If your application will capture and record sounds, you will create and use a Capture object.

The following C# example shows how to initialize a Capture object for the default device.
[C#]private Capture dsCapture = null;
dsCapture = new Capture();

The following C# example creates a device from a globally unique identifier (GUID), represented by the deviceGuid variable. This GUID can be obtained by enumeration of devices.
[C#]dsCapture = new Capture(deviceGuid);

You can also use one of the following values to specify a default device.

DSoundHelper.DefaultCaptureDeviceThe default system capture device. This is the same as the device created when no parameter is passed to the Capture constructor.
DSoundHelper.DefaultVoiceCaptureDeviceThe default voice capture device. Typically this is a secondary device such as a USB headset with microphone.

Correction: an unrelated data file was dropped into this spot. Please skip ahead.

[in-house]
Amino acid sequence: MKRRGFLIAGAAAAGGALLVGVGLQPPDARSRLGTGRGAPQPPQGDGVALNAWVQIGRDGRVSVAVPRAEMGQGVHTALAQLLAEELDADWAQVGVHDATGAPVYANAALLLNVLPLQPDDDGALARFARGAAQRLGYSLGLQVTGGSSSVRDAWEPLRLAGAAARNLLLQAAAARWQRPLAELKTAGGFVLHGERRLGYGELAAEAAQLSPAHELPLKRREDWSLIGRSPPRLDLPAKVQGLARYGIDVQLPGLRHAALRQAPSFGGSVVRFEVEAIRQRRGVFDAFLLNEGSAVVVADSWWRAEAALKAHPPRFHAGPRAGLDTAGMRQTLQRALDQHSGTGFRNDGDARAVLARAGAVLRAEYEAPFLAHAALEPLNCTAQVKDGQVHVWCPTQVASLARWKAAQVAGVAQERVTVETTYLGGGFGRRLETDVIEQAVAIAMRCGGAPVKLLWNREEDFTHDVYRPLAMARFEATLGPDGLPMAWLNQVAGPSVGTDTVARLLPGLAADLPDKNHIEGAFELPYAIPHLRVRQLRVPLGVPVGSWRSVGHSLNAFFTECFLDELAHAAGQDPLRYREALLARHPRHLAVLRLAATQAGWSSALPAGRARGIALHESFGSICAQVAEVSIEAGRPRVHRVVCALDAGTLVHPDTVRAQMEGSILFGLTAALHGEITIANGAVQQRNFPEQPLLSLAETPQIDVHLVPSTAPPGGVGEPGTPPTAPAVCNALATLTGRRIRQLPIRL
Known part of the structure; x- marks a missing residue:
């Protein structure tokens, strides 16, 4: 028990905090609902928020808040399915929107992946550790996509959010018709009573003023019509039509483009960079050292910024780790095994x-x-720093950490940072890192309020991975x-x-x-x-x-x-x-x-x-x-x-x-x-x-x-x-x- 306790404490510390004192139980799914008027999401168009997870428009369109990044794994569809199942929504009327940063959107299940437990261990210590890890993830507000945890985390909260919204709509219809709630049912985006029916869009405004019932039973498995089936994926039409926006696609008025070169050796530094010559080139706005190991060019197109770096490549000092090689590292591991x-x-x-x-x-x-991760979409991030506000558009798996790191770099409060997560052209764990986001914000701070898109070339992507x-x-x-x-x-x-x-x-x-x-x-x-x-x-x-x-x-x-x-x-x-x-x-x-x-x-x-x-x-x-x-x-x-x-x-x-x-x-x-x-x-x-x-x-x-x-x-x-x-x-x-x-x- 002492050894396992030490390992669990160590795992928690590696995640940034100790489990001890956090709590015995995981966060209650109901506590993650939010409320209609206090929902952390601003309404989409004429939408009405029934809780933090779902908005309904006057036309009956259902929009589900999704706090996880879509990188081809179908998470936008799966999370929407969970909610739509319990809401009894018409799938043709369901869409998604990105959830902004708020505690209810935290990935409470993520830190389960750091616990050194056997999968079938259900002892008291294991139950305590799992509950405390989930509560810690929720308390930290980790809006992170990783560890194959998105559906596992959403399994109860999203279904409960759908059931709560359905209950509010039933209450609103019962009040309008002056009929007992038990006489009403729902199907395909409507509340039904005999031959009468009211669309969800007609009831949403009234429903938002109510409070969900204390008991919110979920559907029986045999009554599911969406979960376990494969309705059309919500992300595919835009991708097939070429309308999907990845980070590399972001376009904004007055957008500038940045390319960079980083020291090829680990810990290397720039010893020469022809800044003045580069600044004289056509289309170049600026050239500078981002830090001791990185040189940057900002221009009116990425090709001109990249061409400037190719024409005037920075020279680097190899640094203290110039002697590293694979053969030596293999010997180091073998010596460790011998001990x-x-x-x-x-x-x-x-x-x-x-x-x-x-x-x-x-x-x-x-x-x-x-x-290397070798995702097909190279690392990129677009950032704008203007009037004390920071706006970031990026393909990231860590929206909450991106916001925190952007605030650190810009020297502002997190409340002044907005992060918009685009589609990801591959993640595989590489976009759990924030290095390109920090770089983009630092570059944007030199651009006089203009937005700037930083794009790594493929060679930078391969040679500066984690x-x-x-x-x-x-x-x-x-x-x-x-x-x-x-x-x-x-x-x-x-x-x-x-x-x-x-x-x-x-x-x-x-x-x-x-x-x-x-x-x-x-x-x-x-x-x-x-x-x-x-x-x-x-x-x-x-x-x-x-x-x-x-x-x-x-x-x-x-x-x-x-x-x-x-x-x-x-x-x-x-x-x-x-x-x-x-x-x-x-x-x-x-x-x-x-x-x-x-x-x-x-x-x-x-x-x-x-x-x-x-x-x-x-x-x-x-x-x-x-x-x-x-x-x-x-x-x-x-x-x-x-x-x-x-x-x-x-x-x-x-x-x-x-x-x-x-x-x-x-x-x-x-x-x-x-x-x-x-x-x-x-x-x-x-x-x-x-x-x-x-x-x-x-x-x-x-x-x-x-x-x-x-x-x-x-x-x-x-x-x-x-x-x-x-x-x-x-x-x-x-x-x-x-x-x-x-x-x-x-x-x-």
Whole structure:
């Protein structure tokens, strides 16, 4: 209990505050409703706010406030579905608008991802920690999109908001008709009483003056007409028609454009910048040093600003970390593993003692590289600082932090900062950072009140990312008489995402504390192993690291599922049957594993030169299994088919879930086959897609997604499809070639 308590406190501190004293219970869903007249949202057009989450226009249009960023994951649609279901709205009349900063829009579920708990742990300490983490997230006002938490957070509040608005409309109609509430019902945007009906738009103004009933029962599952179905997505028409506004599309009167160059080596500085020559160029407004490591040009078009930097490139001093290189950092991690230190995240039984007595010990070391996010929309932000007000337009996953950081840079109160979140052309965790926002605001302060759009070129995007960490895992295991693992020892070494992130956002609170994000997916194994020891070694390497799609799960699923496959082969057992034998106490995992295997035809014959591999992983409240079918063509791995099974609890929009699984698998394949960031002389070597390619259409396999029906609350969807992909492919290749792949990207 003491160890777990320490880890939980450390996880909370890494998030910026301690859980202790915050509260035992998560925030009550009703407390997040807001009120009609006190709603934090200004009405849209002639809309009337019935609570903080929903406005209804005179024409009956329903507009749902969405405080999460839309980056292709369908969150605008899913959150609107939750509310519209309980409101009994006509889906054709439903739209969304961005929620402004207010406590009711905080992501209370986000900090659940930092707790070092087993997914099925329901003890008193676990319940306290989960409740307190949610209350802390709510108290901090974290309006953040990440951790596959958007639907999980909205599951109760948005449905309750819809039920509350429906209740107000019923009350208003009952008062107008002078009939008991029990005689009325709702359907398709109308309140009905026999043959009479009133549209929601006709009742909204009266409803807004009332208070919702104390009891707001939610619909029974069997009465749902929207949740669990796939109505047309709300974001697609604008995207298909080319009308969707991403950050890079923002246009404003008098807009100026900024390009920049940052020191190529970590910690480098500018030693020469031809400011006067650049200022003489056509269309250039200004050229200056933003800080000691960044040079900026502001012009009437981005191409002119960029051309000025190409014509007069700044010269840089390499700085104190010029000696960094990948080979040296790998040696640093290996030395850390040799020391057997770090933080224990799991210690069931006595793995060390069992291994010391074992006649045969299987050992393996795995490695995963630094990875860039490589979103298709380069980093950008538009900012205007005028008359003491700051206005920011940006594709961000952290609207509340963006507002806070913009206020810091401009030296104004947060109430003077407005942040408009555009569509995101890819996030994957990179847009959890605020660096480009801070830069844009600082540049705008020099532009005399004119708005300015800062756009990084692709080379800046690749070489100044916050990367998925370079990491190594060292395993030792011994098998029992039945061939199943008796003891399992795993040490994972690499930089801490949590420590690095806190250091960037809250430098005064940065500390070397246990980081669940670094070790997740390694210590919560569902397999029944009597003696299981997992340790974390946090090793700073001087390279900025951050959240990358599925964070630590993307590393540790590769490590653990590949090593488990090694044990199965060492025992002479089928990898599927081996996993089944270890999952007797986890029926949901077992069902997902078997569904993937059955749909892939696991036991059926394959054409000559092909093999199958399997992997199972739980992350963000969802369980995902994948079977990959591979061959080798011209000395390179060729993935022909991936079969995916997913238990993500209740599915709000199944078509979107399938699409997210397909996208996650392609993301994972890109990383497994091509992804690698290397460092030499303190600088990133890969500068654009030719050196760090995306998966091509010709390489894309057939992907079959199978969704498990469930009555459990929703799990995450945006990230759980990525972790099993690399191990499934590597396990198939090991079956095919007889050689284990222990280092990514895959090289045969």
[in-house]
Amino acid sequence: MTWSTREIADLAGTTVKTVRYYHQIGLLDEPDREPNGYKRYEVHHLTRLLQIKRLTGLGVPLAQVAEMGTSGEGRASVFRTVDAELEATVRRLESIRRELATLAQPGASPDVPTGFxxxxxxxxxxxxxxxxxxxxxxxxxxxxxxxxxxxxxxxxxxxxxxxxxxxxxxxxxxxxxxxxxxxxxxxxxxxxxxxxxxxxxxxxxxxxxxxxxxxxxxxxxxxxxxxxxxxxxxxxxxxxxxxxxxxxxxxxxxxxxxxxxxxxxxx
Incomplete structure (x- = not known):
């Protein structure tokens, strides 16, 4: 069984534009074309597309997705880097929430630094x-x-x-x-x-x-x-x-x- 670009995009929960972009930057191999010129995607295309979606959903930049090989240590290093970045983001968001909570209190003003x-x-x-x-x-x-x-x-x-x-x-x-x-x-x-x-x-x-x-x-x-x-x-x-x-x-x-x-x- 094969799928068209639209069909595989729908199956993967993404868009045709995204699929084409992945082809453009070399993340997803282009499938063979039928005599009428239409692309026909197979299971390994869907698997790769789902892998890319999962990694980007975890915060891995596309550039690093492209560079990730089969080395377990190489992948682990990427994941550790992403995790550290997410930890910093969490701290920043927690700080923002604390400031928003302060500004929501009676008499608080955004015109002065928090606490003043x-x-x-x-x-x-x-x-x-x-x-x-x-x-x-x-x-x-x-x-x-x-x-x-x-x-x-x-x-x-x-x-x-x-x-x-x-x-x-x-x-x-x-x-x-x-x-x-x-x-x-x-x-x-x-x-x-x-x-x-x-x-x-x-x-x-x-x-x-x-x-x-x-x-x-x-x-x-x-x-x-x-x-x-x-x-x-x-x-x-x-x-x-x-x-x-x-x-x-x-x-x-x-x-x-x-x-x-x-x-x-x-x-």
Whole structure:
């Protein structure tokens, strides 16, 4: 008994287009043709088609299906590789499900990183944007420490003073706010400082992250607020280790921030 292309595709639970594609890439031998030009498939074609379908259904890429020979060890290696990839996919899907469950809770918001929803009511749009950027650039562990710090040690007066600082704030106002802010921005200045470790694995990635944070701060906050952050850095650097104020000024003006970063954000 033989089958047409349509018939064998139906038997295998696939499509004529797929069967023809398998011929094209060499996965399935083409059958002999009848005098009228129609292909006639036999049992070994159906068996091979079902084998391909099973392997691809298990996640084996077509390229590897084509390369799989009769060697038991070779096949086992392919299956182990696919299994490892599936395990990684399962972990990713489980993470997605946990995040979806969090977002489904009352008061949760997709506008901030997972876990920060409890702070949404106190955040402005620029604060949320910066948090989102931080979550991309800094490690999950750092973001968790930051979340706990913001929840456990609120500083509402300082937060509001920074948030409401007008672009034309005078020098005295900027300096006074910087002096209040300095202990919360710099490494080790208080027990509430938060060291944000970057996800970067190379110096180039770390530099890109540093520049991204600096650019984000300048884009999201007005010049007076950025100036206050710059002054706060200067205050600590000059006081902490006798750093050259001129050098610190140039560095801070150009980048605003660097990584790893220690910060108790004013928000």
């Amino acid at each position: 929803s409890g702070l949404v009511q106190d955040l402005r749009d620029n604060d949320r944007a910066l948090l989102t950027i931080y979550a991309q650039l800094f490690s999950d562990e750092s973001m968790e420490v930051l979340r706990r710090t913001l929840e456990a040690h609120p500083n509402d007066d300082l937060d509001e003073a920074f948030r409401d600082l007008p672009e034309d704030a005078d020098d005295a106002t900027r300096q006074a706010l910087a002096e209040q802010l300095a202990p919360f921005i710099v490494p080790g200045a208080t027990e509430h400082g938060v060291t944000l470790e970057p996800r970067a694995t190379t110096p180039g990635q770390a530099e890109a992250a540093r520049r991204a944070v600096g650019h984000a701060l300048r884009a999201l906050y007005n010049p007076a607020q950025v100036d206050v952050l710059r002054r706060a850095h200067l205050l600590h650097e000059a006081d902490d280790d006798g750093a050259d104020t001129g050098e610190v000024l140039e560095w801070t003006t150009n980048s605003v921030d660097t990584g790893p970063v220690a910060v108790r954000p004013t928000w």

The object cannot be created if there is no capture device or, under VxD virtual device drivers, if the sound device is under the control of an application using the standard Microsoft Win32 waveform-audio functions.

If your application will capture sounds as well as play them, you should create both Device and Capture objects.

If you want the playback and capture objects to coexist, you should create and initialize the Device object before creating and initializing the Capture object.

Some audio devices are not configured for full duplex audio by default. If your application has problems with creating and initializing both a Device object and a Capture object, you should advise the user to check the audio device properties to ensure that full duplex is enabled.